Adam has ordered a shed, dumb-bells, mats. It isn’t easy. The whole of Britain, apparently, is retiring inside to become fucking ripped, spending the minutes not on trains and not in pubs lifting and squatting in seclusion. In the meantime, Soho is boarded up against looters and the gyms are empty. 

This is the first weekend of isolation. I’m still going to the local store too much. I’ve forgotten how to plan a meal. I’ve almost forgotten how to cook without a recipe card, and every item organised for me in a brown paper bag. In an ordinary week, we will sometimes struggle to cook all three meals before the box comes again on Sunday. Adam plays football, we both see friends, we eat one dinner in a restaurant on Stroud Green road. Staying for the three nights necessary to cook three dinners is hard on weeks when there are birthdays and bad days and cards with friends. This morning I watched the delivery man put the Hello Fresh in our shed, with his mask on, then ring the doorbell and hurriedly depart. Hello Fresh, no doubt, is probably having the best few weeks since they first came up with the idea that overworked and overly-social millennials might not have the time or imagination to come up with their own meals. Good for them, I’m glad for them. 

I unpacked the bag, recycled the box. There is a lot more in our cupboards than usual. I don’t think it counts as prepping, because it’s still not that much food. We have gone from a household that never eats breakfast or lunch at home, and struggles to manage three home-cooked meals, to the opposite. I am going to save so much money, I think, as I buy another bottle of gin and order 5 more Kindle books. I’m going to be rich, I think, cancelling my airfare to NZ, three Air B’n’B’s, the internal flights. Silver linings everywhere, I repeat, on my hands and knees in the moss, pulling out the roots. 

I’m a good person because I am paying my cleaner, who cannot come because she is sick. I am a good person because I am buying groceries for an elderly neighbour and his wife. I am not a good person because I am writing about the things that make me good, massaging these small details into someone well-equipped for emergencies, who thinks of others before she thinks of herself. I think of myself all the time: how much I miss my far-flung family (in a time where South London feels as distant as the Southern Hemisphere), how my once book-loving brain seems unable to read anything longer than a 180-character panicked tweet, how important running is to me and how likely it is that I might have to stop doing even that soon. House prices, cancelled holidays, postponed weddings, the amount of laundry I’m generating even though I’ve worn the same pair of leggings for six straight days.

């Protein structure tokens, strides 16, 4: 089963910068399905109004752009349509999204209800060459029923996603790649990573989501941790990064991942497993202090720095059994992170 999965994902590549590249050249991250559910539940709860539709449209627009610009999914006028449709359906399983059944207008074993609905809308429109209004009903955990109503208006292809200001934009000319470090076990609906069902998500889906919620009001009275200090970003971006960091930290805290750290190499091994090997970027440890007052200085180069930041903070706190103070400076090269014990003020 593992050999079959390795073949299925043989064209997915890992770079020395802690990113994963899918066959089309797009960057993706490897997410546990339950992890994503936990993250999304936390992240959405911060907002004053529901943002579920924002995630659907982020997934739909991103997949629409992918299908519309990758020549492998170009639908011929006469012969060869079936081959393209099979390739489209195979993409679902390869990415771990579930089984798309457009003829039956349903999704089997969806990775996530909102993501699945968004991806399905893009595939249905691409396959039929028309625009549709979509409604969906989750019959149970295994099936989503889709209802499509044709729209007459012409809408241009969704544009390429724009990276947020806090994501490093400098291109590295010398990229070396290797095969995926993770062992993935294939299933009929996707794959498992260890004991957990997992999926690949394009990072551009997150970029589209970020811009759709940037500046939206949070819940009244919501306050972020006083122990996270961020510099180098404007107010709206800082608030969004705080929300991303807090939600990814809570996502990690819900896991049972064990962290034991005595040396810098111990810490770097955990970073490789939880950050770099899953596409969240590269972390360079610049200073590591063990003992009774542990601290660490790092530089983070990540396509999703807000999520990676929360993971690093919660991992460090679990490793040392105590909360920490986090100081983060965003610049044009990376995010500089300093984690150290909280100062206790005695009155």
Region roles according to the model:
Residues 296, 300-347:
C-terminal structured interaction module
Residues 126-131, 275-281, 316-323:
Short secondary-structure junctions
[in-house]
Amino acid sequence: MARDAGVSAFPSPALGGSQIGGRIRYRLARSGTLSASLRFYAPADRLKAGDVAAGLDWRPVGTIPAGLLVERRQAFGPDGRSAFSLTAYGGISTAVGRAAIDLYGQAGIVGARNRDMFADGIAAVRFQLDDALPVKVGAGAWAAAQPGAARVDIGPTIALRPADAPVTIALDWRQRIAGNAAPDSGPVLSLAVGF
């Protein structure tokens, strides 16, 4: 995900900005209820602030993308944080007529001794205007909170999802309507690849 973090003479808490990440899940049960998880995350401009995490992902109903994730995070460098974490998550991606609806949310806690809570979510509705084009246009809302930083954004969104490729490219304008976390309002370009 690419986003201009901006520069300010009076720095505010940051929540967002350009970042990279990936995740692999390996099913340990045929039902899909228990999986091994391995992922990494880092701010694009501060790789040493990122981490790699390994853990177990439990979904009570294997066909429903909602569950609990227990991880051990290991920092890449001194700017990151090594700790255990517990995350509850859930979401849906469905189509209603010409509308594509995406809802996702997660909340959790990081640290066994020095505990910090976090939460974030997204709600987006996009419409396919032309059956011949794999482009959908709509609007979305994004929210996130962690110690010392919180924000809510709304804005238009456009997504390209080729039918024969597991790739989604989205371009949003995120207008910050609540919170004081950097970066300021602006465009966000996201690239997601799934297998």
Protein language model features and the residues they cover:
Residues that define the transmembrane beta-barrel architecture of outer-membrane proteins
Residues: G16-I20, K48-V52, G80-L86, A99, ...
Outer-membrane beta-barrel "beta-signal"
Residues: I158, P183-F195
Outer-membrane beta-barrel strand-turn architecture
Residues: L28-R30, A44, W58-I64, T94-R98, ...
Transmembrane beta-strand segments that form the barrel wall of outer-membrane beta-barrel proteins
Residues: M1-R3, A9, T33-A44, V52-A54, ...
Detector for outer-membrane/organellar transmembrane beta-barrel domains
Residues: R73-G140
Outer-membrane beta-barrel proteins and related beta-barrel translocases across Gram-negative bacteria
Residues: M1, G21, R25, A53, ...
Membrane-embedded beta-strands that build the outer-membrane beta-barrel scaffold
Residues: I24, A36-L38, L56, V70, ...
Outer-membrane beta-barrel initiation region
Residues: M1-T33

I have never sent so many messages. I have never worn so little make-up. I have never been so obsessed with tins of corn and the expiration date on almond milk. My office closed on Tuesday; the pubs closed on Friday; they shut the Hampstead ponds yesterday; the cherry blossom tree in my yard is nearly fully in bloom. I think of us all as tiny blue dots on a giant map. The journey of my dot on a typical week, back and forth from the office, venturing south to see friends, a well-work route to the wine bar, the Londis, the gym. Now I move back and forth from the lounge to the bedroom, I follow the route of the sun and my long-suffering cat, a trapped insect buzzing up against the windows.

Brexit

I have always been disproportionately proud of my UK passport, as if it meant something important about me, that I had this exclusive secondary ticket to another life that wasn’t afforded to most of my friends. It didn’t particularly occur to me that the passport was representative of choices made by my parents, and by their parents; or that considering myself special by dint of association with a country not my own was really just an expression of the otherness I felt as a teenager who didn’t fit in well. I just liked it. I liked the colour of it, and the way it stood out from the pile of black passports when we took trips away. I liked the possibility of it. 

I’ve lived in London for the last eight years, and they have been hard years for the UK. I’ll never pretend to be any kind of qualified political commentator, but I’ve watched the UK change. There is much more homelessness in London than there was when I arrived, at least in the central locations where I have worked. Conservatism is more entrenched, the likelihood of liberal majority getting further away with every election.